Synthetic food dyes are used in many processed foods, such as colored breakfast cereals, candy, and “fruit-flavored” beverages and snacks. A total of 15 million pounds of dyes are added to the U.S. food supply each year. Our consumption of food dyes has increased 5-fold since 1955 as our nation has consumed more and more packaged foods.1
These synthetic dyes have been linked to a wide variety of health concerns including behavioral problems, hyperactivity, allergic reactions, and even cancers. The Center for Science in the Public Interest (CSPI), an organization that advocates for nutrition and food safety, is calling for a ban on these synthetic dyes. Food-based dyes such as beet juice and turmeric are readily available, but are more expensive and often less bright, making synthetic dyes more attractive to food manufacturers.
Food dyes and allergic reactions:
Blue 1, Red 40, Yellow 5, and Yellow 6 have been reported to cause allergic reactions in some people.
Food dyes and hyperactivity:
Food dyes are of particular concern for children, since many colored foods are marketed to children, and their smaller body size makes them more susceptible to potential toxins. Hyperactivity in children following ingestion of food dyes is well-documented in placebo-controlled studies. Furthermore, a 2004 meta-analysis of 16 studies in children who were already hyperactive showed that their hyperactive behavior increased in response to food colorings.2 In a study published in Lancet in 2007, researchers tested two different mixtures of food dyes vs. placebo in children of two age groups – one mixture increased hyperactivity in 3 year old children, and both mixtures increased hyperactivity in the 8-9 year-olds.3 This study sparked a reaction by the British government. They instructed food manufacturers to eliminate all of these synthetic dyes by the end of 2009. In fact, starting later this month, a warning notice will be required on dyed foods in Europe stating that these foods “may have an adverse effect on activity and attention in children.”4 As a result, several international food companies now produce products with food-based dyes or no dyes in the U.K., but continue to include synthetic dyes in their U.S. products.
Food dyes and cancer:
There are eight commonly used synthetic dyes in the U.S., and all have undergone toxicity and tumorigenicity testing in animals. CSPI summarized the results of cancer-related studies in a recent report1:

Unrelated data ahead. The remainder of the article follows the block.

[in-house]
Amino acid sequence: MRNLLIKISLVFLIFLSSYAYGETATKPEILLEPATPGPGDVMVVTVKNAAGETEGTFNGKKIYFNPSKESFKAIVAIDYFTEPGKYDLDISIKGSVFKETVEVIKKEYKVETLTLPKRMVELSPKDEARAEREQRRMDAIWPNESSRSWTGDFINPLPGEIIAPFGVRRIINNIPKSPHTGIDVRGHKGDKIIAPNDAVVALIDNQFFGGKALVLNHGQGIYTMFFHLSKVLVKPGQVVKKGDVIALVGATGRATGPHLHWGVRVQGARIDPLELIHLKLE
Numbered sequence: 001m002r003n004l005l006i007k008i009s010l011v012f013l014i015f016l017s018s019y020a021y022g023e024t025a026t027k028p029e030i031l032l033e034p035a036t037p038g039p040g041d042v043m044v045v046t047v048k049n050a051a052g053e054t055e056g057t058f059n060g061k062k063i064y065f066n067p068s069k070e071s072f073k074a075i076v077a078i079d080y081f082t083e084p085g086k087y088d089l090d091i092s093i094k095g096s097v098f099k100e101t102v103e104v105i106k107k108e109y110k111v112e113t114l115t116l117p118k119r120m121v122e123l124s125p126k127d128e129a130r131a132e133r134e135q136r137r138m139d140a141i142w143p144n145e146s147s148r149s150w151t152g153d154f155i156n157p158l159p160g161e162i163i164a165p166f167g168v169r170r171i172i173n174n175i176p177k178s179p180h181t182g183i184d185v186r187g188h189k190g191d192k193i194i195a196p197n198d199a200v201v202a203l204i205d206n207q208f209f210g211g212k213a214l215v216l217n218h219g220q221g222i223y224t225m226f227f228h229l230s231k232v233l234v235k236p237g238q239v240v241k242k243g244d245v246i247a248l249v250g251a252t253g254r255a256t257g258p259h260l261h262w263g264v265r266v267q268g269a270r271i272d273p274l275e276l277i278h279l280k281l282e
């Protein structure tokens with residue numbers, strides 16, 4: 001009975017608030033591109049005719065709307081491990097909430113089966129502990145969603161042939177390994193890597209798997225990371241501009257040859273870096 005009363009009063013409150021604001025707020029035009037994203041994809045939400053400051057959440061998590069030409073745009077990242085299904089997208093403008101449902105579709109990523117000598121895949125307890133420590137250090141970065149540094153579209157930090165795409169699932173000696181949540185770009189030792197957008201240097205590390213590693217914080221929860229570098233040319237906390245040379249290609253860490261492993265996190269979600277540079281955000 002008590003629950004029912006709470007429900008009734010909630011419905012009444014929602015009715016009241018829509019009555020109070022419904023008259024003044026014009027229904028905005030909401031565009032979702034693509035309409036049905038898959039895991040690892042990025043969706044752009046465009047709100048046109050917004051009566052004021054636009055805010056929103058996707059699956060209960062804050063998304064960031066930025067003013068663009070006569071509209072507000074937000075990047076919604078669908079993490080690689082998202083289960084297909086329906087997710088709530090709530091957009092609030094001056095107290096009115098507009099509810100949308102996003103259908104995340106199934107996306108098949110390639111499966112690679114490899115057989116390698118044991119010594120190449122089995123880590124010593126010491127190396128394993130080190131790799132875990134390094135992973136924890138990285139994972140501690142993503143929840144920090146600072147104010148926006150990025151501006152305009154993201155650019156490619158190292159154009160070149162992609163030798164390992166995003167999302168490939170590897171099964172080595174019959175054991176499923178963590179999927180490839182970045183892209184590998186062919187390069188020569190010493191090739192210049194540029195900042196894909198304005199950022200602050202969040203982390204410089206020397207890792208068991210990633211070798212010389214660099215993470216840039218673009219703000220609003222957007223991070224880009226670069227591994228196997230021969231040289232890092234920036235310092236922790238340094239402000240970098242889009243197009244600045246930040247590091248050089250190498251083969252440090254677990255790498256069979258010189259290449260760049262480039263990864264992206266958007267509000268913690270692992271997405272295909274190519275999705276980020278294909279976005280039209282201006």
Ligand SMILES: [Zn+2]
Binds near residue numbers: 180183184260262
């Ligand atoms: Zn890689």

- Red 3 was acknowledged by the FDA to be a carcinogen in 1985 and was banned in cosmetics and externally applied drugs. However Red 3 is still used in ingested drugs and foods.
- The three most widely used dyes (Red 40, Yellow 5, Yellow 6) which account for 90% of dyes in the U.S. are contaminated with low levels of chemical carcinogens, as byproducts of the manufacturing process. Although the FDA places limits on the concentrations of these contaminants in the final dye products, they still may pose risks.
- Citrus Red 2 added to the diet resulted in bladder tumors.
- Red 3 resulted in thyroid tumors and caused DNA damage.
In their report, CSPI noted flaws in many of the animal cancer studies on Yellow 6, Yellow 5, Red 40, Green 3, and Blue 2, including bias – most studies were either commissioned or conducted by dye manufacturers, short duration, and lack of exposure to dyes during fetal development. Additional studies are likely needed to determine whether these dyes are safe.
The simplest and most effective way to avoid the potential harmful effects of synthetic dyes is to avoid processed foods. Unrefined plant foods contain health promoting phytochemicals, not empty calories and synthetic additives of questionable safety. When buying the occasional packaged food, check the ingredient list to avoid synthetic dyes.
1. Center for Science in the Public Interest. Food Dyes: A Rainbow of Risks. http://cspinet.org/new/pdf/food-dyes-rainbow-of-risks.pdf
2. Artificial food colouring and hyperactivity symptoms in children. Prescrire Int. 2009 Oct;18(103):215.
Schab DW, Trinh NH. Do artificial food colors promote hyperactivity in children with hyperactive syndromes? A meta-analysis of double-blind placebo-controlled trials. J Dev Behav Pediatr. 2004 Dec;25(6):423-34.
3. McCann D, Barrett A, Cooper A, et al. Food additives and hyperactive behaviour in 3-year-old and 8/9-year-old children in the community: a randomised, double-blinded, placebo-controlled trial. Lancet. 2007 Nov 3;370(9598):1560-7.
4. CSPI Says Food Dyes Pose Rainbow of Risks. http://cspinet.org/new/201006291.html